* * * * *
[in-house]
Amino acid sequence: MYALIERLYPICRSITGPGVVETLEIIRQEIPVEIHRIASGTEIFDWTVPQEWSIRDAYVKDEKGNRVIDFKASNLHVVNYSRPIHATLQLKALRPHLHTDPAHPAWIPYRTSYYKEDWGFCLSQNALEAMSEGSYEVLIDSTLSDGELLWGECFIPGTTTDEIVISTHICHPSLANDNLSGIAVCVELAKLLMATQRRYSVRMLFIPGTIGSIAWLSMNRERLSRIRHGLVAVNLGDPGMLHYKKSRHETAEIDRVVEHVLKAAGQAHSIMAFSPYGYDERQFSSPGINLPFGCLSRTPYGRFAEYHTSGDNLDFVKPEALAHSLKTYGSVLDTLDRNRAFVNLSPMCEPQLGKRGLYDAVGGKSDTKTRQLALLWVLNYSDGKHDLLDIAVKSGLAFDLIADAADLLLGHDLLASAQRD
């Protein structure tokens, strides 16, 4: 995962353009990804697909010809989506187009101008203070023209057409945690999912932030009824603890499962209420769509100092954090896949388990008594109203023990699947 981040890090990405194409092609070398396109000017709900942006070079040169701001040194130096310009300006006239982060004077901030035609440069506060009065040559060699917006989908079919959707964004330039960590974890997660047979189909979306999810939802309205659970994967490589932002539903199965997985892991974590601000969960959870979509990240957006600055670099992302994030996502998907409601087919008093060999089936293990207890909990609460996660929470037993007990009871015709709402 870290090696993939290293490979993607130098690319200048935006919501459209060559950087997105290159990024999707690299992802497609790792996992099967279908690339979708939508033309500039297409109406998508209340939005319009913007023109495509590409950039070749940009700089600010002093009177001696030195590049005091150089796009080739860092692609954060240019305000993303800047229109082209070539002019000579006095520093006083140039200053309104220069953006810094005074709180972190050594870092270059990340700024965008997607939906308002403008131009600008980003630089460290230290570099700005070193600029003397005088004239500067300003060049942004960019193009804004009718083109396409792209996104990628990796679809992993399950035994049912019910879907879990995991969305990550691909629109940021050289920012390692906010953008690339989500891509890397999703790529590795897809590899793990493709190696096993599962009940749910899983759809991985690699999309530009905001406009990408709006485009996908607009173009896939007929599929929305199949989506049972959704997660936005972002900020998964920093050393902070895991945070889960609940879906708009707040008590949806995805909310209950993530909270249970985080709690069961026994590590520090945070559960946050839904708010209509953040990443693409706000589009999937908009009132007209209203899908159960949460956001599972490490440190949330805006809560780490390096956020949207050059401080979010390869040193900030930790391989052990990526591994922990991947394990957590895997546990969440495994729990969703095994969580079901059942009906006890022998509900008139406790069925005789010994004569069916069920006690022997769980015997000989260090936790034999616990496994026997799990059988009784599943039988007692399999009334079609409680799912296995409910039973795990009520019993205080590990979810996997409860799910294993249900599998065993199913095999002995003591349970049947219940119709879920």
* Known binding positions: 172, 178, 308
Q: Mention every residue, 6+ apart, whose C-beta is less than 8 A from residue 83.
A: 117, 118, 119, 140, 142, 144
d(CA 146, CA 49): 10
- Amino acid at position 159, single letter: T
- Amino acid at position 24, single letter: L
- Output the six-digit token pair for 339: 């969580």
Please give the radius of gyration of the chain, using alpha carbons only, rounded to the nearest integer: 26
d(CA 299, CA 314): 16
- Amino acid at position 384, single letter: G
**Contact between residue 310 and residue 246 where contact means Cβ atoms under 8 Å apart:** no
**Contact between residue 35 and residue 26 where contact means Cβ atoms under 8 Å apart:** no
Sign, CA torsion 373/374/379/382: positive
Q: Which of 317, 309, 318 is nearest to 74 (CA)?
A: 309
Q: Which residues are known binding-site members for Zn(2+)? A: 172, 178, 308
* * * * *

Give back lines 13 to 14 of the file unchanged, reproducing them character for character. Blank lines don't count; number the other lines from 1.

- Amino acid at position 384, single letter: G
**Contact between residue 310 and residue 246 where contact means Cβ atoms under 8 Å apart:** no